Questions remain in wake of LA homemade fireworks blast

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Local business are seen damaged after illegal fireworks seized at a South Los Angeles home exploded, in South Los Angeles Wednesday evening, June 30, 2021. A cache of homemade fireworks exploded as it was being destroyed by a bomb squad, flipping and damaging cars, smashing windows in homes and injuring a dozen of people including police officers, authorities said. (AP Photo/Ringo H.W. Chiu)

LOS ANGELES – A massive explosion rocked a Los Angeles neighborhood as homemade fireworks were being destroyed by a bomb squad, leaving a trail of destruction, injuries and questions in its wake as the July Fourth holiday approaches.

Seventeen people were hurt Wednesday night — including nine Los Angeles police officers and a federal agent — in the blast, which also flipped and damaged cars and smashed windows in homes and a laundromat. The explosion was heard blocks away.

It could take days to determine why the material exploded inside a spherical containment vessel on a tractor-trailer, tearing the rig apart in what was supposed to be a safe operation to handle explosives that were too unstable to remove from a South Los Angeles neighborhood where tons of illegal fireworks were discovered.

The one-ton lid of the vessel flew into a backyard two blocks away, breaking a lemon tree and damaging the house, KNBC-TV reported.

Experts say the explosion was highly unusual, especially for a law enforcement agency with the size and resources of the Los Angeles Police Department. The blast could have been the result of human error — such as not correctly sealing the vessel or over-loading it with material — or a defect in the equipment like a micro-fissure that has grown with time and use. Or both.

“They were very lucky that nobody got killed here,” said Glenn Corbett, a fire science professor at John Jay College of Criminal Justice in New York.

Bomb squads nationwide will likely now double-check their own equipment in remote locations, to be sure there aren’t potential defects in their containment vessels, which cost tens of thousands of dollars, that could hurt more people, Corbett said.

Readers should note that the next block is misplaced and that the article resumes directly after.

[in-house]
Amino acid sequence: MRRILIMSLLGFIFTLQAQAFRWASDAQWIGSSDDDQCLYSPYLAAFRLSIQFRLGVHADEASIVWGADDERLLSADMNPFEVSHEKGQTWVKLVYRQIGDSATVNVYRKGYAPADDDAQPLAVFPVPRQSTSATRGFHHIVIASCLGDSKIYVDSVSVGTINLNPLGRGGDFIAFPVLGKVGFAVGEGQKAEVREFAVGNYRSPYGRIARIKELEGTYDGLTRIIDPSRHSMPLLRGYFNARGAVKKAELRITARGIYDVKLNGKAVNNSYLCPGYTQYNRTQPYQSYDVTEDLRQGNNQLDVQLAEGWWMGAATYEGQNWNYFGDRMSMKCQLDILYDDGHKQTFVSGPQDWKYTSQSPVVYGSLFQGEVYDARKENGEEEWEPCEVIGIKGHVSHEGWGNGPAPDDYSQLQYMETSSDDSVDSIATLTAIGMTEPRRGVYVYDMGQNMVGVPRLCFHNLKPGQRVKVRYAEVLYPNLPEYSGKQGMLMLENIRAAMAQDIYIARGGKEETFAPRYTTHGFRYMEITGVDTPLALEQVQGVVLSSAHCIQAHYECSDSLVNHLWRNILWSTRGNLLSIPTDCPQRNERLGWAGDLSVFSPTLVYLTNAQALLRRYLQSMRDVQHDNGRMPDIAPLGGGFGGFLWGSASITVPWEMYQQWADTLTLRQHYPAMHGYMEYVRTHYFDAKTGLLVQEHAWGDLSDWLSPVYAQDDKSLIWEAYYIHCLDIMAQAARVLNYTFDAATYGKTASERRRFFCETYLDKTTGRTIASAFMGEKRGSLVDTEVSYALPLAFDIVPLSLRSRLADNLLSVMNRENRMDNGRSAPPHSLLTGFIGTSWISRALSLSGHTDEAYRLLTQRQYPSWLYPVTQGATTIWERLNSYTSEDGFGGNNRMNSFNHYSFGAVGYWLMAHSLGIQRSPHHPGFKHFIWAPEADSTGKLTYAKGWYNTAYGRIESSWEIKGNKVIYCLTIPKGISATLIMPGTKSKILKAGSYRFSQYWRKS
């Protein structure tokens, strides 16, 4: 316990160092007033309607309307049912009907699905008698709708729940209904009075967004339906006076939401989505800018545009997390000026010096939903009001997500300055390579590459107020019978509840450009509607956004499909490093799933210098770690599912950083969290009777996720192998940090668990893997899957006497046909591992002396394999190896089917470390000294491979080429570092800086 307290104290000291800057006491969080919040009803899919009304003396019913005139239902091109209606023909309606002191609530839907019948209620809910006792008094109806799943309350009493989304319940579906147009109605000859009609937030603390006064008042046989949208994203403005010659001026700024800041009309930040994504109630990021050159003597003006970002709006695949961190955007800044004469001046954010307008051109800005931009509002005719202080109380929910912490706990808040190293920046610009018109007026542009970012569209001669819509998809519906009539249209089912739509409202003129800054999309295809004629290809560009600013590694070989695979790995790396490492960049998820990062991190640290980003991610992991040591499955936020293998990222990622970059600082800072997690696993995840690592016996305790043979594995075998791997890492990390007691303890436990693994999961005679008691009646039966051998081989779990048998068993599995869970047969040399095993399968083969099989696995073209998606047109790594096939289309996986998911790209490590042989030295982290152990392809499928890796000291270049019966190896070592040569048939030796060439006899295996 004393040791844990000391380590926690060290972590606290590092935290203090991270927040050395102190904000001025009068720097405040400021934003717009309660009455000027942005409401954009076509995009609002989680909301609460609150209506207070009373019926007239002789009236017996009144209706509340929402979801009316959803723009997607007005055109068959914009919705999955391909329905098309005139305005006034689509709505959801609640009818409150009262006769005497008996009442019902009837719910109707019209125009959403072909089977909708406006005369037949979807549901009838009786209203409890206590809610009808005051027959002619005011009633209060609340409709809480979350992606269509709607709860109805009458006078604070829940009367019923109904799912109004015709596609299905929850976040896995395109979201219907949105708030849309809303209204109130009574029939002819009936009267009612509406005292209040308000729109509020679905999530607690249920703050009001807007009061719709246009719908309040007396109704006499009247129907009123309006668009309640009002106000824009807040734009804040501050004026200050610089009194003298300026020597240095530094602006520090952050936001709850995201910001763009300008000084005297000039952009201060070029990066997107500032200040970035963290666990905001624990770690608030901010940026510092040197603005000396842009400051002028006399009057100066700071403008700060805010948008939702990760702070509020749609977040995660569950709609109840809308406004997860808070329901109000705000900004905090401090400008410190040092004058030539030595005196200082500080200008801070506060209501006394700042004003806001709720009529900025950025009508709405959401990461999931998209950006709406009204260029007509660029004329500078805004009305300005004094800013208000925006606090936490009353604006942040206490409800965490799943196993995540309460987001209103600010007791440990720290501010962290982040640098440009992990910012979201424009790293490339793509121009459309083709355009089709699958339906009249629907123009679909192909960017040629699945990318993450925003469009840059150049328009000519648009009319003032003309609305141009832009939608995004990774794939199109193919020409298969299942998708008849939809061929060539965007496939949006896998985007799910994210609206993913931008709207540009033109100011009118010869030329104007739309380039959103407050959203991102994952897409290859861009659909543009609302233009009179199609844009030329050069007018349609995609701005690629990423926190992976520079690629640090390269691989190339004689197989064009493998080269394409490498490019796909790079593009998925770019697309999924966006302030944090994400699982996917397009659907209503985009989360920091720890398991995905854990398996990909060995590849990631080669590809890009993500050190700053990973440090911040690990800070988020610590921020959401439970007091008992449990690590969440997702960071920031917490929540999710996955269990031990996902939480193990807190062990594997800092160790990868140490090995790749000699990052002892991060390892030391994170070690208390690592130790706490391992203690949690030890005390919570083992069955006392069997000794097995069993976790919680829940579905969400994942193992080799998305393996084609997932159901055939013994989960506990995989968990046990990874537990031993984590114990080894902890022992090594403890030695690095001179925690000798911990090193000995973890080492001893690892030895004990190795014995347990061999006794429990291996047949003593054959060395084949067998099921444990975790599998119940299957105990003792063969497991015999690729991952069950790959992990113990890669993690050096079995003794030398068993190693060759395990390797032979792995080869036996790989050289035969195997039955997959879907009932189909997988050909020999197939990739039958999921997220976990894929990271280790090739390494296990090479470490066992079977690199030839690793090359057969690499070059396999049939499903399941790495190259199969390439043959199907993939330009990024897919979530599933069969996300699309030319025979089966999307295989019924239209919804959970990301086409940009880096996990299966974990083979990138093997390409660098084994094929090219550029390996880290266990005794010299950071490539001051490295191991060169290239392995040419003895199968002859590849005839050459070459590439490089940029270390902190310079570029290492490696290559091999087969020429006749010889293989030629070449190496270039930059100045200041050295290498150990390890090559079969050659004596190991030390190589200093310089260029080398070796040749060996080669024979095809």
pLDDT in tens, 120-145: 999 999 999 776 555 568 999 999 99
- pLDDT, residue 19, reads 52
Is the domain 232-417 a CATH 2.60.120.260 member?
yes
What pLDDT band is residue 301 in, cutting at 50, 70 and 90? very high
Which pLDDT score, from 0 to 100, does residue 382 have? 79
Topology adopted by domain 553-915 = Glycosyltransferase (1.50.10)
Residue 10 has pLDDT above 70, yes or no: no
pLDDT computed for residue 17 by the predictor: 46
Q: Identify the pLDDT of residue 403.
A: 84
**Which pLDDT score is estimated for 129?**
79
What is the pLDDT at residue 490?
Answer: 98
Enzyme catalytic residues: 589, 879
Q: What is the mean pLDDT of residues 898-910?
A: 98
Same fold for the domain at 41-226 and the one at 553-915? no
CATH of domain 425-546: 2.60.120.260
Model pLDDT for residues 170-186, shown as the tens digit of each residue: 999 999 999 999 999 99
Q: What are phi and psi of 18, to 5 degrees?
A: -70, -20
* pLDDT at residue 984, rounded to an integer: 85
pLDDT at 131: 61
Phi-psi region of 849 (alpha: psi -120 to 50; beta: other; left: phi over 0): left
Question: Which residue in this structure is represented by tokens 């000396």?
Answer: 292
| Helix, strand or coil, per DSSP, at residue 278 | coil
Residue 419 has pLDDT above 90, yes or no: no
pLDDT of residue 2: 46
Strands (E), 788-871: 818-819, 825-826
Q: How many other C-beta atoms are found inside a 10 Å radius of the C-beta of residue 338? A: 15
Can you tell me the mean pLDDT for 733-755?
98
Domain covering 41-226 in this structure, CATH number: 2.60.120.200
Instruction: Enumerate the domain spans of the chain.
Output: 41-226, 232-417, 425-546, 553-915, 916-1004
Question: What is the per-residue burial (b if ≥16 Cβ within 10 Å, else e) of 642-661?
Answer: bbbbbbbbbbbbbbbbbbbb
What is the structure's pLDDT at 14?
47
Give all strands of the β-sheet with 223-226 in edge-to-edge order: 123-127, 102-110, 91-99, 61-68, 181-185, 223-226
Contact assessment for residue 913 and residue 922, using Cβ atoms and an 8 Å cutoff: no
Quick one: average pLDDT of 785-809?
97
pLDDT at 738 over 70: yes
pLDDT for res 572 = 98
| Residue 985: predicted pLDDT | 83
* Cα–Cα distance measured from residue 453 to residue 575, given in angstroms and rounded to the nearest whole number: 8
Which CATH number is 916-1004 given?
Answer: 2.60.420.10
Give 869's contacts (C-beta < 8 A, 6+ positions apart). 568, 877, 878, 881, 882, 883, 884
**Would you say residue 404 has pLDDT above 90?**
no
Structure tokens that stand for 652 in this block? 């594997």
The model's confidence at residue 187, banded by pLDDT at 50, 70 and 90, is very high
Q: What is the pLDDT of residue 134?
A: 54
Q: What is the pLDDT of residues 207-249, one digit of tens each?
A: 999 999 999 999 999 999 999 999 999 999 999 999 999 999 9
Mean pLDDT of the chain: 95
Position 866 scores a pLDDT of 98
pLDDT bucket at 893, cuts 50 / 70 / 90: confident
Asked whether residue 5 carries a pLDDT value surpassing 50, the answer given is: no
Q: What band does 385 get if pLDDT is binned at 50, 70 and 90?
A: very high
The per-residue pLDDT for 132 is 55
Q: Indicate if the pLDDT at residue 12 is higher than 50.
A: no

The LAPD did not answer questions Thursday seeking information such as how old the containment vessel was and how many times it had been used and inspected. But Chief Michel Moore previously said “clearly, protocols were followed and pursued.”

"But something happened in that containment vessel that should not have happened, and we don’t know why,” Moore said. “But we intend to find out why.”

Less than 10 pounds (4.54 kilograms) of material was placed in the chamber, far less than its safety rating, Moore said. He described the material as 40 home-made devices the size of Coca-Cola cans with simple fuses and 200 smaller but similar devices.

“This vessel should have been able to dispose of that material,” he said. But instead there was a “total, catastrophic failure of that containment vehicle.”

Typically, the heavy-duty hydraulic doors will latch and lock — usually by remote — and the detonation is instantaneous. The displaced blast wave is absorbed by the vessel and released outside safely.

“You wouldn’t even know,” said Sean Dennis, president and co-founder of the United States Bomb Technician Association, besides a muffled ding and a light hiss when some of the pressure is released.

The LAPD has not said what company made the containment device. Attempts to reach several manufacturers Thursday were unsuccessful.

The explosion came after police had spent the day disposing of about 3,000 to 5,000 pounds (1,360 to 2,268 kilograms) of commercial-grade fireworks that were found in the home following an early-morning tip. Police found some of them on a patio in cartons stacked 8 to 10 feet (2.44 to 3 meters) high, Moore said.

Fireworks are illegal to sell or possess in Los Angeles and in unincorporated areas of the county.

A resident, Arturo Cejas, 27, was arrested on suspicion of possessing a destructive device, but he also may face charges of child endangerment because his 10-year-old brother was in the home, Moore said.

It wasn't immediately known whether Cejas had an attorney who could speak on his behalf.

The fireworks cartons were marked “Made in China." The police chief said they were bought out of state in order to sell them in the neighborhood for use on the Fourth of July.

Peter Diaczuk, a forensic science professor at John Jay, said the size of the blast indicated high-explosive devices that wouldn't be used for a local Independence Day celebration.

As the holiday approaches, fire departments statewide are confiscating tens of thousands of pounds of illegal fireworks and warning users that setting them off could lead to devastating wildfires. Los Angeles police on Thursday announced that they seized another ton of illegal fireworks from a shipping container and the bomb squad trucked it to a storage facility.

In LA, Moore said on Wednesday that three box trucks and a 53-foot (16-meter) trailer were brought in to load up the fireworks at the South Los Angeles home and move them to a safe location. However, the “improvised explosives” that were also found were too dangerous to move, the chief said.

There was a 300-foot (91-meter) boundary around the vessel — a typical safety range — and police had knocked on doors before the blast to evacuate homes on both sides of the street where the truck was parked. But firefighters later found people in some of the homes, officials said.

It's not unusual for bomb squads to not know exactly what comprises the homemade explosives they are detonating, Diaczuk said.

“You don’t know what you’re dealing with. You don’t know what this character made,” he said. “It doesn’t come with ingredients in it like when you go to the grocery store.”